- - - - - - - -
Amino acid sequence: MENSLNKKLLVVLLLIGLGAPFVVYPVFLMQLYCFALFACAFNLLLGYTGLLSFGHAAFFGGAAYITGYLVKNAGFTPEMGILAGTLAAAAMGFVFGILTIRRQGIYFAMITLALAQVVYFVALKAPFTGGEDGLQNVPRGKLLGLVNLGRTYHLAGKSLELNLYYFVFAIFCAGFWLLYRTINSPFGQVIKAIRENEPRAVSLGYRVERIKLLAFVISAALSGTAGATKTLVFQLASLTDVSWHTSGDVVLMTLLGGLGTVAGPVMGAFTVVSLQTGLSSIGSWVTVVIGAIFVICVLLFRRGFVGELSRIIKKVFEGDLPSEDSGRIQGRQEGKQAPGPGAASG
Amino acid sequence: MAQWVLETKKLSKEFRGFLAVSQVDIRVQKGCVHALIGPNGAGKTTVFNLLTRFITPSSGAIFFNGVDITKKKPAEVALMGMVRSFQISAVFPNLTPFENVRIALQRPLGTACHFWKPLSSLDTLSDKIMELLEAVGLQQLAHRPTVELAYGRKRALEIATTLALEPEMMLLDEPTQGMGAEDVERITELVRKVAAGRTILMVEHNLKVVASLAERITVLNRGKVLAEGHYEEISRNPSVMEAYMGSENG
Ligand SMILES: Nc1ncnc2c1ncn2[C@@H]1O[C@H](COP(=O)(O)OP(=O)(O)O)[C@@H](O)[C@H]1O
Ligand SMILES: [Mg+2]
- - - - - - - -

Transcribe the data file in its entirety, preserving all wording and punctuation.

Amino acid sequence: MENSLNKKLLVVLLLIGLGAPFVVYPVFLMQLYCFALFACAFNLLLGYTGLLSFGHAAFFGGAAYITGYLVKNAGFTPEMGILAGTLAAAAMGFVFGILTIRRQGIYFAMITLALAQVVYFVALKAPFTGGEDGLQNVPRGKLLGLVNLGRTYHLAGKSLELNLYYFVFAIFCAGFWLLYRTINSPFGQVIKAIRENEPRAVSLGYRVERIKLLAFVISAALSGTAGATKTLVFQLASLTDVSWHTSGDVVLMTLLGGLGTVAGPVMGAFTVVSLQTGLSSIGSWVTVVIGAIFVICVLLFRRGFVGELSRIIKKVFEGDLPSEDSGRIQGRQEGKQAPGPGAASG
Amino acid sequence: MAQWVLETKKLSKEFRGFLAVSQVDIRVQKGCVHALIGPNGAGKTTVFNLLTRFITPSSGAIFFNGVDITKKKPAEVALMGMVRSFQISAVFPNLTPFENVRIALQRPLGTACHFWKPLSSLDTLSDKIMELLEAVGLQQLAHRPTVELAYGRKRALEIATTLALEPEMMLLDEPTQGMGAEDVERITELVRKVAAGRTILMVEHNLKVVASLAERITVLNRGKVLAEGHYEEISRNPSVMEAYMGSENG
Ligand SMILES: Nc1ncnc2c1ncn2[C@@H]1O[C@H](COP(=O)(O)OP(=O)(O)O)[C@@H](O)[C@H]1O
Ligand SMILES: [Mg+2]